Recurrent pancreatitis associated with normocalcemia, parathyroid hyperplasia, and increased serum parathormone
Joseph T. Danzi, M.D.
Department of Internal Medicine
Richard G. Farmer, M.D.
Department of Gastroenterology
Caldwell B. Esselstyn, M.D.
Department of General Surgery
In recent years, normocalcemic primary hyperparathyroidism has been recognized more frequently. Usually, these patients have recurrent renal calculi and normal serum calcium values.1, 2 The association of pancreatitis with hyperpara-thyroidism has been recognized since 1940.3 Reviews by Mixter et al4 and by Turchi et al,5 in 1962, stressed the importance of pancreatitis as a clue in the diagnosis of hyperparathyroidism. A nearly normal serum calcium value and a decreased serum phosphorus level in cases of acute pancreatitis should arouse suspicion of hyperfunctioning parathyroid glands. Ballon et al6 reported a case of recurrent pancreatitis associated with a parathyroid adenoma in a normocalcemic patient.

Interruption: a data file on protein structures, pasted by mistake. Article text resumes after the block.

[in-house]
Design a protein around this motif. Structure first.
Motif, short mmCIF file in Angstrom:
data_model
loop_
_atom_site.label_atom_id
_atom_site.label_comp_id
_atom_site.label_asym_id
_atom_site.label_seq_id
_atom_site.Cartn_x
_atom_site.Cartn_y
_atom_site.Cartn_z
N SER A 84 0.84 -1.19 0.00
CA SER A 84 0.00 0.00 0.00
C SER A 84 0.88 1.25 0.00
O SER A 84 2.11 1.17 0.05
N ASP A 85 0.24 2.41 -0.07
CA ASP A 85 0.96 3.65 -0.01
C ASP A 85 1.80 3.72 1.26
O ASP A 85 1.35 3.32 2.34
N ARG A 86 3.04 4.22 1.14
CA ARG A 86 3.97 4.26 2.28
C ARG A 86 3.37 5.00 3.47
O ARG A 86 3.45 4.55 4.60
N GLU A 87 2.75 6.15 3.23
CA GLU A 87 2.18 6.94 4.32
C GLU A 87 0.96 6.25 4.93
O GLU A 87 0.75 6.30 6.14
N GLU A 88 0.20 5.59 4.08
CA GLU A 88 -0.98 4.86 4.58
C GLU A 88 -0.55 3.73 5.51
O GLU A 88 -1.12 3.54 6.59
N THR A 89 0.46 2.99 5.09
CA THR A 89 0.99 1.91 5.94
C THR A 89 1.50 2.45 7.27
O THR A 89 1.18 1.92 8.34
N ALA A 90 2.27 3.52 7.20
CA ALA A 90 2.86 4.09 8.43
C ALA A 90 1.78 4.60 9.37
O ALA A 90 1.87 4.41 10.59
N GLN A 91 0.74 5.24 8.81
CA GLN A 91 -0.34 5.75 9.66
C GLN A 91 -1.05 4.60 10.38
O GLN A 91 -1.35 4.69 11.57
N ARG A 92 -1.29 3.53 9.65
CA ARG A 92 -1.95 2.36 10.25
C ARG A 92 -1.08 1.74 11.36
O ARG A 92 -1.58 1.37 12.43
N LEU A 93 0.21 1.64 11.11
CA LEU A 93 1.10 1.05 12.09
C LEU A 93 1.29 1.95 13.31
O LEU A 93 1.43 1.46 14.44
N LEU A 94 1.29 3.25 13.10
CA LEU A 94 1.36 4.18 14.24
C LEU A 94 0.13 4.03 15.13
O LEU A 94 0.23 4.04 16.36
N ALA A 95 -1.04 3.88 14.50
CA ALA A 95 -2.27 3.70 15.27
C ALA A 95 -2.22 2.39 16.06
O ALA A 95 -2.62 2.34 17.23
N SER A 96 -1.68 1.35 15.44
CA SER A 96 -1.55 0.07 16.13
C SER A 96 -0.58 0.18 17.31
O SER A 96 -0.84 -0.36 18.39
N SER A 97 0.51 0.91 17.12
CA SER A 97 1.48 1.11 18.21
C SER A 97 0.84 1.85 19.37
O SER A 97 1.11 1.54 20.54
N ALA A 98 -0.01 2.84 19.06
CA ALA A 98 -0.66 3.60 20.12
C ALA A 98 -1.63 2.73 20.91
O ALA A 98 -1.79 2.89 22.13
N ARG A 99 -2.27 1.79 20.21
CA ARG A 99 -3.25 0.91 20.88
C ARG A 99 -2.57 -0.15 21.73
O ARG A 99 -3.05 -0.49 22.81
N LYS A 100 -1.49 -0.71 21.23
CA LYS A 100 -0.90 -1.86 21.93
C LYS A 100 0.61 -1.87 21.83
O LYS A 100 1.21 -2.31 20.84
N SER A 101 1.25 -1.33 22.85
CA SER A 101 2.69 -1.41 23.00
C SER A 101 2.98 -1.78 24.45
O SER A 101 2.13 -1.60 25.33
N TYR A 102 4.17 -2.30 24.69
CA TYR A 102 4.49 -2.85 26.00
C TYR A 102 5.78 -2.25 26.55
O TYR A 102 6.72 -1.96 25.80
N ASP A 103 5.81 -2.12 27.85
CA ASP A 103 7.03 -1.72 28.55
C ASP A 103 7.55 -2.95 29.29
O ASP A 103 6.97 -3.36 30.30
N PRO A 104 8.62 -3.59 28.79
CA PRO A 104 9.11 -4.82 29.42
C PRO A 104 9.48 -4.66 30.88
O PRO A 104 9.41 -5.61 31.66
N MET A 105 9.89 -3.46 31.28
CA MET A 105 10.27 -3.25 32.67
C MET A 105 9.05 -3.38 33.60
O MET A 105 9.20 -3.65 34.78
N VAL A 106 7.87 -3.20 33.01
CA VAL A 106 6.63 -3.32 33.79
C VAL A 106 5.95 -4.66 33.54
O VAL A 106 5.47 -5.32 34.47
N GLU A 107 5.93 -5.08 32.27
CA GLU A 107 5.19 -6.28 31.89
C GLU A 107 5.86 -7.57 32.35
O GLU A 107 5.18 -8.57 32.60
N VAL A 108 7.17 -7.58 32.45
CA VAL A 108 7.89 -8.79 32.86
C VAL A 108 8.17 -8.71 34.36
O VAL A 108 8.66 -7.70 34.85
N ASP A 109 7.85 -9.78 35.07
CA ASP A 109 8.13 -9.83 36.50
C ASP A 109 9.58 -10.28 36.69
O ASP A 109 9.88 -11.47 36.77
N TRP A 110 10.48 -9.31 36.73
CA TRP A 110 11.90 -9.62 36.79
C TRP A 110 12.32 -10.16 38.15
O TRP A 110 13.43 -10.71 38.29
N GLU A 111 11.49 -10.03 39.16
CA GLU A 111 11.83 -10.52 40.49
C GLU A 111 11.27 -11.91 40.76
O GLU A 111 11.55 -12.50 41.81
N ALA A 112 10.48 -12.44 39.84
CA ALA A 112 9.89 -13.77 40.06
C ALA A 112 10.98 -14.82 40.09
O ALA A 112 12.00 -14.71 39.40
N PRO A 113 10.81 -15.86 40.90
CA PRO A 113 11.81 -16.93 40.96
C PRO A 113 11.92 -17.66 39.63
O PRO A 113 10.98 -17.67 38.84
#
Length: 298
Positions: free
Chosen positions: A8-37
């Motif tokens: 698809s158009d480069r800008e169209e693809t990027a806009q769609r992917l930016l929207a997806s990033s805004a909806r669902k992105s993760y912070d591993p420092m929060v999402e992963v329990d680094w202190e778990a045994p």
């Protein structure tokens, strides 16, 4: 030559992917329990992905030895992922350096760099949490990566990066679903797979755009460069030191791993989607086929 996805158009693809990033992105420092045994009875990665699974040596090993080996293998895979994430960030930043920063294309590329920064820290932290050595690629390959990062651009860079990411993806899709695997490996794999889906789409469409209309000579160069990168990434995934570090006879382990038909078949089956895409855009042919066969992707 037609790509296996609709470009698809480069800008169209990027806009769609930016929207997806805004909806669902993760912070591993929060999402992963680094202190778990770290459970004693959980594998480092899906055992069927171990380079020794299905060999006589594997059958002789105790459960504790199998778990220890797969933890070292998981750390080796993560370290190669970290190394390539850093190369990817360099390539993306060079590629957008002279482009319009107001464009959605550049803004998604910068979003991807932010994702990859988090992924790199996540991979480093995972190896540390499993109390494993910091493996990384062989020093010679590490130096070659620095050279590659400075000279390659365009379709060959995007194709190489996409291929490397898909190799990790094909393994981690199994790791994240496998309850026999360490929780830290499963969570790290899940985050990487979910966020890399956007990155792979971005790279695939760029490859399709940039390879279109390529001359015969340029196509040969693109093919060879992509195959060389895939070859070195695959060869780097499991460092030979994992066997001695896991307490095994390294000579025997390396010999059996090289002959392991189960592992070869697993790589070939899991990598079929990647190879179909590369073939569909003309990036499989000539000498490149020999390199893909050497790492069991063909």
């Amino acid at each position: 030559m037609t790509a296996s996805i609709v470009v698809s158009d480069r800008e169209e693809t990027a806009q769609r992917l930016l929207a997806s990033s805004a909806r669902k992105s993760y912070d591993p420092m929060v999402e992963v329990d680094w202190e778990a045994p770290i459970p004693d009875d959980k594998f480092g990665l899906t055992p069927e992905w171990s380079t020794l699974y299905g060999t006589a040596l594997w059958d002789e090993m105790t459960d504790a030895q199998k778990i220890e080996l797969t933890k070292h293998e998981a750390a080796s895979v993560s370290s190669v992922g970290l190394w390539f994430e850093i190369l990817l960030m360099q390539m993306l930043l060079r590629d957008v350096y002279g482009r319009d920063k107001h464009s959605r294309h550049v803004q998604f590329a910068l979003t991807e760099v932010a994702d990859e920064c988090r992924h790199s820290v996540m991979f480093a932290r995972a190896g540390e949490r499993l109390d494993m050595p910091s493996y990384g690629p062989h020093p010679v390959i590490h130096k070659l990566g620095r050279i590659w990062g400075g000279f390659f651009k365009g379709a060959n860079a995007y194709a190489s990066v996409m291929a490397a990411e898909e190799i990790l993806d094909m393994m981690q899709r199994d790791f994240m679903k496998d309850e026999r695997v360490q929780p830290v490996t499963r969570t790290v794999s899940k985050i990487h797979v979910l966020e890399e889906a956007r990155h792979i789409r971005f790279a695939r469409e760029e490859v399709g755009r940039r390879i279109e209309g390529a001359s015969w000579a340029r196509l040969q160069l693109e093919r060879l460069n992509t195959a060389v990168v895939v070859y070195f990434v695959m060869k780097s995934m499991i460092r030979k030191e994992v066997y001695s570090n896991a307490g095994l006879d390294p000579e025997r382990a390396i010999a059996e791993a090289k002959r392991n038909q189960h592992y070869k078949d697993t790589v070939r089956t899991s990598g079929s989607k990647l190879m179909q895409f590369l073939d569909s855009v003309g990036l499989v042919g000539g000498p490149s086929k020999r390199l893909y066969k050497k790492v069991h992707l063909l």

This case of severe relapsing pancreatitis was associated with a normal serum calcium level, parathyroid hyperplasia, and elevation of serum parathormone level to three times the normal range for the patient’s age. The aim of this report is to alert clinicians to the relationship of pancreatitis with normocalcemia and to speculate on the role of parathormone in the etiology of the pancreatitis.
A 14-year-old white girl was referred for evaluation of recurrent epigastric pain. The patient had a history of six episodes of epigastric pain requiring six hospitalizations. The pain was severe, nonradiating, and was associated with severe nausea, vomiting, and a low grade fever. There was no jaundice or diarrhea. Each episode of pain persisted 5 to 6 days. During her first hospitalization an appendectomy was performed, and there were no pathological findings. In the intervals between attacks, the patient was asymptomatic. There was no family history of gallbladder disease and pancreatic disease.